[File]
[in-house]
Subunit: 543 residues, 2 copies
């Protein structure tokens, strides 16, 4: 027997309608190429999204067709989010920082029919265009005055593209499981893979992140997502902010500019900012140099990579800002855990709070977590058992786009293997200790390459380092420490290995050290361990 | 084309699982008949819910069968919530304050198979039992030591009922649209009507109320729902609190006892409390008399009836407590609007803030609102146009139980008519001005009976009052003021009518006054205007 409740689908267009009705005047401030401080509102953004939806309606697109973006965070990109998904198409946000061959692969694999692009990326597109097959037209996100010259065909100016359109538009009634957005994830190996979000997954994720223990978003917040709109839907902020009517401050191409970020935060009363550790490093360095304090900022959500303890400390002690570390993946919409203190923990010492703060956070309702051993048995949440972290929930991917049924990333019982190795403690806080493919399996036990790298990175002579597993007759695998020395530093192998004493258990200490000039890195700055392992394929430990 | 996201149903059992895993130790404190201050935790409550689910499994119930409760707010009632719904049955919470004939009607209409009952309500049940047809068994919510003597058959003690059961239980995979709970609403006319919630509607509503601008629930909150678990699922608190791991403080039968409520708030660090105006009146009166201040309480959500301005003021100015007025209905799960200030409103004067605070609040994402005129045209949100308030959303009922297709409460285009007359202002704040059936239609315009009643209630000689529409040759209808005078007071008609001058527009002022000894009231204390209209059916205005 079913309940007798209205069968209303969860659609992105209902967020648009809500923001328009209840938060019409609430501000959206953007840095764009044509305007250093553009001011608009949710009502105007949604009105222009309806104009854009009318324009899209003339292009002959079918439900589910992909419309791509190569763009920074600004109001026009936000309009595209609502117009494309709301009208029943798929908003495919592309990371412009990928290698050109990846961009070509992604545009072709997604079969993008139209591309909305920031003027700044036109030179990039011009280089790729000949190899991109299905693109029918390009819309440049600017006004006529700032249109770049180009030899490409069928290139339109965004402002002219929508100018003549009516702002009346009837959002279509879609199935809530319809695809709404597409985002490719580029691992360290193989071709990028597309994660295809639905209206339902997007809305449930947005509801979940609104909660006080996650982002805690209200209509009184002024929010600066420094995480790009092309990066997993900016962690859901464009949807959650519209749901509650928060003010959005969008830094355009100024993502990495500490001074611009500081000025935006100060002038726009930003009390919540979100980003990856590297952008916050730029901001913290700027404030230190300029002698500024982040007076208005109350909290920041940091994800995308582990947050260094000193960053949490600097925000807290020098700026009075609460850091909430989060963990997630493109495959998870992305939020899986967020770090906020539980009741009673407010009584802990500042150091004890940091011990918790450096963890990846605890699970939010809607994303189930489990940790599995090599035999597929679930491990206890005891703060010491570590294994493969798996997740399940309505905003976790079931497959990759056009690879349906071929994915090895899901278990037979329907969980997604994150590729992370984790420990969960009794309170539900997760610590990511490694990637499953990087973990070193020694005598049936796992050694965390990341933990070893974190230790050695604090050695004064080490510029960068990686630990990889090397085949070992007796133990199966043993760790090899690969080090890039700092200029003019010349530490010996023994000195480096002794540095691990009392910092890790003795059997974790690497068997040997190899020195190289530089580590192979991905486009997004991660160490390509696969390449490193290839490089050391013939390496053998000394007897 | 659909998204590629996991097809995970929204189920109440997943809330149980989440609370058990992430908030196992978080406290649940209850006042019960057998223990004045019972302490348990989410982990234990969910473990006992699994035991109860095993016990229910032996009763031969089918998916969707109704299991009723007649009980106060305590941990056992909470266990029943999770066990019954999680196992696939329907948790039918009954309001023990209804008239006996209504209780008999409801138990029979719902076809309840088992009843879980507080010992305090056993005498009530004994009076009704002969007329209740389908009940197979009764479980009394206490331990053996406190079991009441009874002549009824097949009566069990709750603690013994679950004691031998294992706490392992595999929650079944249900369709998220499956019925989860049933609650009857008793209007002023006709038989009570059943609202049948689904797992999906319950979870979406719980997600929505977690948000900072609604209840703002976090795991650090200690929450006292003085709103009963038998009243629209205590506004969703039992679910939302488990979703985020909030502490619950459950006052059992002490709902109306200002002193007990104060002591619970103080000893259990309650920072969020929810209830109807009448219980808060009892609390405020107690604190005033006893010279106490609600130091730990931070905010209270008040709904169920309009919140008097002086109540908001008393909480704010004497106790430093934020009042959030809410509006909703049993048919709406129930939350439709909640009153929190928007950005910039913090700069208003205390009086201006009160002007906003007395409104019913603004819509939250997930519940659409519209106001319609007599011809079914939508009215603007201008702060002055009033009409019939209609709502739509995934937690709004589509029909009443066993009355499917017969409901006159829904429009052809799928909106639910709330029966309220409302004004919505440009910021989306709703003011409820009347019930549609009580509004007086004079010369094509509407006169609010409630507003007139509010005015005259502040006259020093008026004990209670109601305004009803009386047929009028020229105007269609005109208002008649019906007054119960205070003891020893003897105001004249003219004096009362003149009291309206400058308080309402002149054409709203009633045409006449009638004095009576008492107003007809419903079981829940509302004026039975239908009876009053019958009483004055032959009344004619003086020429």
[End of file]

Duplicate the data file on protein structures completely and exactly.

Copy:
[in-house]
Subunit: 543 residues, 2 copies
């Protein structure tokens, strides 16, 4: 027997309608190429999204067709989010920082029919265009005055593209499981893979992140997502902010500019900012140099990579800002855990709070977590058992786009293997200790390459380092420490290995050290361990 | 084309699982008949819910069968919530304050198979039992030591009922649209009507109320729902609190006892409390008399009836407590609007803030609102146009139980008519001005009976009052003021009518006054205007 409740689908267009009705005047401030401080509102953004939806309606697109973006965070990109998904198409946000061959692969694999692009990326597109097959037209996100010259065909100016359109538009009634957005994830190996979000997954994720223990978003917040709109839907902020009517401050191409970020935060009363550790490093360095304090900022959500303890400390002690570390993946919409203190923990010492703060956070309702051993048995949440972290929930991917049924990333019982190795403690806080493919399996036990790298990175002579597993007759695998020395530093192998004493258990200490000039890195700055392992394929430990 | 996201149903059992895993130790404190201050935790409550689910499994119930409760707010009632719904049955919470004939009607209409009952309500049940047809068994919510003597058959003690059961239980995979709970609403006319919630509607509503601008629930909150678990699922608190791991403080039968409520708030660090105006009146009166201040309480959500301005003021100015007025209905799960200030409103004067605070609040994402005129045209949100308030959303009922297709409460285009007359202002704040059936239609315009009643209630000689529409040759209808005078007071008609001058527009002022000894009231204390209209059916205005 079913309940007798209205069968209303969860659609992105209902967020648009809500923001328009209840938060019409609430501000959206953007840095764009044509305007250093553009001011608009949710009502105007949604009105222009309806104009854009009318324009899209003339292009002959079918439900589910992909419309791509190569763009920074600004109001026009936000309009595209609502117009494309709301009208029943798929908003495919592309990371412009990928290698050109990846961009070509992604545009072709997604079969993008139209591309909305920031003027700044036109030179990039011009280089790729000949190899991109299905693109029918390009819309440049600017006004006529700032249109770049180009030899490409069928290139339109965004402002002219929508100018003549009516702002009346009837959002279509879609199935809530319809695809709404597409985002490719580029691992360290193989071709990028597309994660295809639905209206339902997007809305449930947005509801979940609104909660006080996650982002805690209200209509009184002024929010600066420094995480790009092309990066997993900016962690859901464009949807959650519209749901509650928060003010959005969008830094355009100024993502990495500490001074611009500081000025935006100060002038726009930003009390919540979100980003990856590297952008916050730029901001913290700027404030230190300029002698500024982040007076208005109350909290920041940091994800995308582990947050260094000193960053949490600097925000807290020098700026009075609460850091909430989060963990997630493109495959998870992305939020899986967020770090906020539980009741009673407010009584802990500042150091004890940091011990918790450096963890990846605890699970939010809607994303189930489990940790599995090599035999597929679930491990206890005891703060010491570590294994493969798996997740399940309505905003976790079931497959990759056009690879349906071929994915090895899901278990037979329907969980997604994150590729992370984790420990969960009794309170539900997760610590990511490694990637499953990087973990070193020694005598049936796992050694965390990341933990070893974190230790050695604090050695004064080490510029960068990686630990990889090397085949070992007796133990199966043993760790090899690969080090890039700092200029003019010349530490010996023994000195480096002794540095691990009392910092890790003795059997974790690497068997040997190899020195190289530089580590192979991905486009997004991660160490390509696969390449490193290839490089050391013939390496053998000394007897 | 659909998204590629996991097809995970929204189920109440997943809330149980989440609370058990992430908030196992978080406290649940209850006042019960057998223990004045019972302490348990989410982990234990969910473990006992699994035991109860095993016990229910032996009763031969089918998916969707109704299991009723007649009980106060305590941990056992909470266990029943999770066990019954999680196992696939329907948790039918009954309001023990209804008239006996209504209780008999409801138990029979719902076809309840088992009843879980507080010992305090056993005498009530004994009076009704002969007329209740389908009940197979009764479980009394206490331990053996406190079991009441009874002549009824097949009566069990709750603690013994679950004691031998294992706490392992595999929650079944249900369709998220499956019925989860049933609650009857008793209007002023006709038989009570059943609202049948689904797992999906319950979870979406719980997600929505977690948000900072609604209840703002976090795991650090200690929450006292003085709103009963038998009243629209205590506004969703039992679910939302488990979703985020909030502490619950459950006052059992002490709902109306200002002193007990104060002591619970103080000893259990309650920072969020929810209830109807009448219980808060009892609390405020107690604190005033006893010279106490609600130091730990931070905010209270008040709904169920309009919140008097002086109540908001008393909480704010004497106790430093934020009042959030809410509006909703049993048919709406129930939350439709909640009153929190928007950005910039913090700069208003205390009086201006009160002007906003007395409104019913603004819509939250997930519940659409519209106001319609007599011809079914939508009215603007201008702060002055009033009409019939209609709502739509995934937690709004589509029909009443066993009355499917017969409901006159829904429009052809799928909106639910709330029966309220409302004004919505440009910021989306709703003011409820009347019930549609009580509004007086004079010369094509509407006169609010409630507003007139509010005015005259502040006259020093008026004990209670109601305004009803009386047929009028020229105007269609005109208002008649019906007054119960205070003891020893003897105001004249003219004096009362003149009291309206400058308080309402002149054409709203009633045409006449009638004095009576008492107003007809419903079981829940509302004026039975239908009876009053019958009483004055032959009344004619003086020429």